A day in the Steel City

We drove out of the rain in our little city, south to Pittsburgh for several items of business. First, our panel discussion and booksigning at the Penguin Bookshop in Sewickley. We pulled together a group of authors from the western end of the state: Gene Ware, Cindy Lynn Speer, Sharon Donovan, Kathy Otten, Gloria Clover, Carole Waterhouse and me. We had a very interesting conversation with Maryanne Eichorn about the relationship between small press authors and indie bookstores, and the path to publication each of us had followed.

Sunset along Shiloh Street, Mount Washington

Then on to the rest of the day, taking pictures for the upcoming book trailers for CONVICTION OF THE HEART and SECOND CHANCES, since they’re both set in the city. The Cabana Boy and the kids took a trip down to Carson Street to explore the collectible toy shop and score a couple of Transformers.Here’s a few of the shots that struck me.

Since CONVICTION OF THE HEART is about a Pittsburgh attorney who defends and protects a battered wife of a city councilman, I expect our trailer will feature the courthouse and court rooms. Suzanne Taylor is a family law attorney and single mother who encounters a city police lieutenant interested in her. He’s just been promoted and finding the “joys” of supervisor status not exactly what he’d anticipated: bureaucratic delays, rebellious personnel, financial juggling.

But they find consolation and challenge in each other, while the danger escalates when the      councilman strikes back.  

And Pittsburgh is an attractive city, as well. Although the traffic is something we’re not used to, and neither of us were pleased to deal with.  Not sure exactly what events were going on last night, but there were reroutings and traffic jams and construction blockages everywhere! Also a lot of loud, rowdy folk traveling in Anderson buses, wearing Steelers’ gear:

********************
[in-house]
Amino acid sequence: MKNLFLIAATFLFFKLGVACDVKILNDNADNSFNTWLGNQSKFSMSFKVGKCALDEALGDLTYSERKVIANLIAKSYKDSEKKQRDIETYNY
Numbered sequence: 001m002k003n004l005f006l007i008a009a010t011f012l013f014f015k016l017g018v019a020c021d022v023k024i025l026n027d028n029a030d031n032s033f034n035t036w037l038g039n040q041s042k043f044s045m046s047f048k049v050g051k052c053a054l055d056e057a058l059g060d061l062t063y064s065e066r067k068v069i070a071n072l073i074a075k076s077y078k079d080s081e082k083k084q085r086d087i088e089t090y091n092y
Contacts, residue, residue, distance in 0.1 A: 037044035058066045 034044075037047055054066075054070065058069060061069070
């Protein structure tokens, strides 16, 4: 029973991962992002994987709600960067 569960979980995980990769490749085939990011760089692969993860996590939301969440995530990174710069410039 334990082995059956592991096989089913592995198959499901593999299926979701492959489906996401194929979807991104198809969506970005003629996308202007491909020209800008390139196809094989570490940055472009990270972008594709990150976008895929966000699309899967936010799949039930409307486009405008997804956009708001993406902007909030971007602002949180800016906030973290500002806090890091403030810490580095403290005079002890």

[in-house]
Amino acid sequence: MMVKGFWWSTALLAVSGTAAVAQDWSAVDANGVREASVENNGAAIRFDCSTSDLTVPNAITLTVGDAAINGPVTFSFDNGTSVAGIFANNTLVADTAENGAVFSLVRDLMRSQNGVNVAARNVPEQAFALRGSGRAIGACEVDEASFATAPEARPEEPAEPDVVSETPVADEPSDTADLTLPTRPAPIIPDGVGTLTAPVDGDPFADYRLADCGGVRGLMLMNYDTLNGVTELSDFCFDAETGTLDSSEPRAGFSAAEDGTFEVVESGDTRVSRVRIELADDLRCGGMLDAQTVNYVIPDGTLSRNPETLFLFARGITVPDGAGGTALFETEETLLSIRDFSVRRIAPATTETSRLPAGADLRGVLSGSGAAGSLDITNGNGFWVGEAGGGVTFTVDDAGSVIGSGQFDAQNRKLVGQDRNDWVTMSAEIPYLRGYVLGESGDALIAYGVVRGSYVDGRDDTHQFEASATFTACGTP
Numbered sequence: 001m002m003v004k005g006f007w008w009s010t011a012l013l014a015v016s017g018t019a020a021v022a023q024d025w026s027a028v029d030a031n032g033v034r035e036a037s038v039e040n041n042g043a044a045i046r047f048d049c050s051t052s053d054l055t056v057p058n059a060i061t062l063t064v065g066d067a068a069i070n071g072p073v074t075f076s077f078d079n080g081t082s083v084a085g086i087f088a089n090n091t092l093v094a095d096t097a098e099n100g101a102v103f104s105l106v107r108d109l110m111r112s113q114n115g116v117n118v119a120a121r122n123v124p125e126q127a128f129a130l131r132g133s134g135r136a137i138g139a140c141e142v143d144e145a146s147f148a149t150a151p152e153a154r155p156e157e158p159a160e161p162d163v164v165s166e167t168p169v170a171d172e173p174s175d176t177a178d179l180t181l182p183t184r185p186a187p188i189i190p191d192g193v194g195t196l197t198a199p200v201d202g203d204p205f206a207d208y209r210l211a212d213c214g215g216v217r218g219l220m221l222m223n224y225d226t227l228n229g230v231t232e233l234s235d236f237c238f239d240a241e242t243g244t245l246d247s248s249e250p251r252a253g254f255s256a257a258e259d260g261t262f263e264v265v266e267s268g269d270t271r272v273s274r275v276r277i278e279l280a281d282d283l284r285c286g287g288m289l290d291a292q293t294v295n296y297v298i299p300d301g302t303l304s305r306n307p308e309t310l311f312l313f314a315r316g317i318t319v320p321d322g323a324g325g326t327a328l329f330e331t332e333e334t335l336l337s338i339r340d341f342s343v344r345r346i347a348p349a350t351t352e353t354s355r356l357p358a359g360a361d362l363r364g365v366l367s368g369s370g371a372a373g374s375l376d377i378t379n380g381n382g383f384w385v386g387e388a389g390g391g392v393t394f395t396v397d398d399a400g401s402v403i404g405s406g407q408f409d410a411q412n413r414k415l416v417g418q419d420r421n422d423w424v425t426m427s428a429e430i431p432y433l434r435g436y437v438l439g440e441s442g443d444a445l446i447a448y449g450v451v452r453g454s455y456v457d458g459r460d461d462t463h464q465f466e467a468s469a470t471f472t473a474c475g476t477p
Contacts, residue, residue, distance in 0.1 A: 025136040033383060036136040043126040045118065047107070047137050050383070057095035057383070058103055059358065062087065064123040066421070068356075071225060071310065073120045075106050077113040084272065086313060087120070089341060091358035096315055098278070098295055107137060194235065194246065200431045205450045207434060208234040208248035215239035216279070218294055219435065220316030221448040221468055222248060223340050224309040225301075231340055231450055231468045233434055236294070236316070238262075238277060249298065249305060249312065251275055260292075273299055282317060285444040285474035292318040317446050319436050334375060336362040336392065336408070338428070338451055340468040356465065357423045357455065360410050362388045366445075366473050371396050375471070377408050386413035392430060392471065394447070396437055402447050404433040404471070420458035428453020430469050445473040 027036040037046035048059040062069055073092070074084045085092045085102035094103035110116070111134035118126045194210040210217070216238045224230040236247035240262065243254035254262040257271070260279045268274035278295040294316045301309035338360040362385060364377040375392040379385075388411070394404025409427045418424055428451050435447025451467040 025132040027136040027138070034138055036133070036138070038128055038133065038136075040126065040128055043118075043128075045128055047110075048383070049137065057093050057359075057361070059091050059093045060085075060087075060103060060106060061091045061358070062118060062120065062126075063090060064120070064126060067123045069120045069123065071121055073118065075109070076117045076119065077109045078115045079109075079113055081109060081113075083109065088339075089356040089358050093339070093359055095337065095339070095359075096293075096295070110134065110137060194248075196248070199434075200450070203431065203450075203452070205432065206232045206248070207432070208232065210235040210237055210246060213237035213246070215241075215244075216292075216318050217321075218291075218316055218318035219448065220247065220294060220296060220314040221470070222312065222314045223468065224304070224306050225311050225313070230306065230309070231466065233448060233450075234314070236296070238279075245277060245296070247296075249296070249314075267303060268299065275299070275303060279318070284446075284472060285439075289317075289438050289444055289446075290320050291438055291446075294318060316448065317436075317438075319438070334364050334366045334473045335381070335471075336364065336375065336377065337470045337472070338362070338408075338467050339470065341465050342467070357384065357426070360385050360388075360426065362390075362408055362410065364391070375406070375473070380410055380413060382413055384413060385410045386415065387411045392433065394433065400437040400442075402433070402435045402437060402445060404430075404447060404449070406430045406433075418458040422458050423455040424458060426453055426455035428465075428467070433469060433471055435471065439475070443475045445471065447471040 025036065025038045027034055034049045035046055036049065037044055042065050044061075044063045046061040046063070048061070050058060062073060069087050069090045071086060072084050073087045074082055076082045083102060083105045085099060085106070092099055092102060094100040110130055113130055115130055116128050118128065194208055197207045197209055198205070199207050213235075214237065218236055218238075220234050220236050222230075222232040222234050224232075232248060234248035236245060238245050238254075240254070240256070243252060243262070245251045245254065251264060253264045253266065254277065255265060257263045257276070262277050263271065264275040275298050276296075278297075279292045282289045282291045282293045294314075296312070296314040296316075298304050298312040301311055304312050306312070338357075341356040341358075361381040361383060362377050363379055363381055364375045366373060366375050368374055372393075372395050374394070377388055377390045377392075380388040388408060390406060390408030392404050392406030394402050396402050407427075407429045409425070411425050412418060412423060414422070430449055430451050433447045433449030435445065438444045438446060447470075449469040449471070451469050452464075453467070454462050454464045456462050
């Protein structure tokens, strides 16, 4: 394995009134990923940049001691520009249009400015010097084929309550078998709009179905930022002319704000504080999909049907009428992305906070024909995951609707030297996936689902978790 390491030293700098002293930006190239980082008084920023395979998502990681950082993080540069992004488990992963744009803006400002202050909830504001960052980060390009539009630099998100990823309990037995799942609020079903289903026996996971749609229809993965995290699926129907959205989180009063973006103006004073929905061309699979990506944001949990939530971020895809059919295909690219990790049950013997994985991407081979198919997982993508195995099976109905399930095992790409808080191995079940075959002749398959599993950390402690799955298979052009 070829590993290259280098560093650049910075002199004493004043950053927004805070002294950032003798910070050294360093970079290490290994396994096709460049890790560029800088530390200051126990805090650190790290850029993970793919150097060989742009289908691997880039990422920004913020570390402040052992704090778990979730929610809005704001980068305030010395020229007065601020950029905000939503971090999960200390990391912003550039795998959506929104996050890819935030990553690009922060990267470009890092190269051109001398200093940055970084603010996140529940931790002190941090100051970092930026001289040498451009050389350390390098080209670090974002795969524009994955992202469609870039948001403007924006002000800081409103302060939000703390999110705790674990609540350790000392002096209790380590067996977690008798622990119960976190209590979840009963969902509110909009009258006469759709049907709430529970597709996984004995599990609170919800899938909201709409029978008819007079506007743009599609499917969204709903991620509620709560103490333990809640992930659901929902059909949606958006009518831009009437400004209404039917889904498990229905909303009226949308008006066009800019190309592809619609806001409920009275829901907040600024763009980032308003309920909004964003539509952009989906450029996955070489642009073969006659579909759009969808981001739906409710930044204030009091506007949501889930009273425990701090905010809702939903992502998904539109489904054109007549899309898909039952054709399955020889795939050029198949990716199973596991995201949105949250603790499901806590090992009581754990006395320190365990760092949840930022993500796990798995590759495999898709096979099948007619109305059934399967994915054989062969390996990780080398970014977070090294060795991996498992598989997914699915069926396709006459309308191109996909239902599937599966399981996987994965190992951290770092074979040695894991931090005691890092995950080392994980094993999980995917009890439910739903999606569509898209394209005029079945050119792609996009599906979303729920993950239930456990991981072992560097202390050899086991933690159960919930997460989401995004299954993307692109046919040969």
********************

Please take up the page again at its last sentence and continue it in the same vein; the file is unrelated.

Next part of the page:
Pittsburgh is a great place to set stories. I’ve got two novels about women lawyers coming out in the next year, and I think I’ll continue that trend in years to come. We can populate the city courthouse with many memorable ladies to come. 🙂

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Two days, two zoos

In the few short days between the time Little Miss’s school let out and summer school starts, I wanted to take her someplace, you know, just Mommy and me kind of thing. So we went to the Erie Zoo.

Compared to the Miami Metrozoo and even the Cleveland Zoo, Erie’s is pretty small. But it’s also intimate. Time after time, we came right up to the animals–the kangaroo exhibit is a walk-through where the kangaroos are all loose and hopping around where people are!

Little Miss got a chance to get close to her favorite, the giraffes:

The zoo also has a fabulous carousel with exotic animals of all kinds. Little Miss, of course, chose… A warthog?? What? Instead of a dragon? A panda? A giraffe??? Oh well. At least she’s diverse.

She also enjoyed currying the goats; not the same as goat curry, which you should not mention at a petting zoo, I’m sure:

The next day, my daughter S came to Pittsburgh from her home in Tennessee, with her new man. They were headed for the races, but they took time to visit the Pittsburgh Zoo, as he is particularly fond of such things. They’ve been to zoos all over the eastern United States. But Pittsburgh has something really incredible in the PPG Aquarium at the zoo, (see the website for video) where you walk through a tank of sharks and other fish as well as get a chance to see the polar bears swim right over your head.

I hadn’t seen her for several years, as we were out West last year when they came here, and she looks wonderful, having lost a hundred pounds after surgery. She’s back in school and working hard as a single mother trying to improve herself. And I appreciate that she’s taking some time to relax and have fun as a grown-up as well. This is a hard balance for all of us to maintain. She seems to be getting it right.

Here’s all of us enjoying the fishies: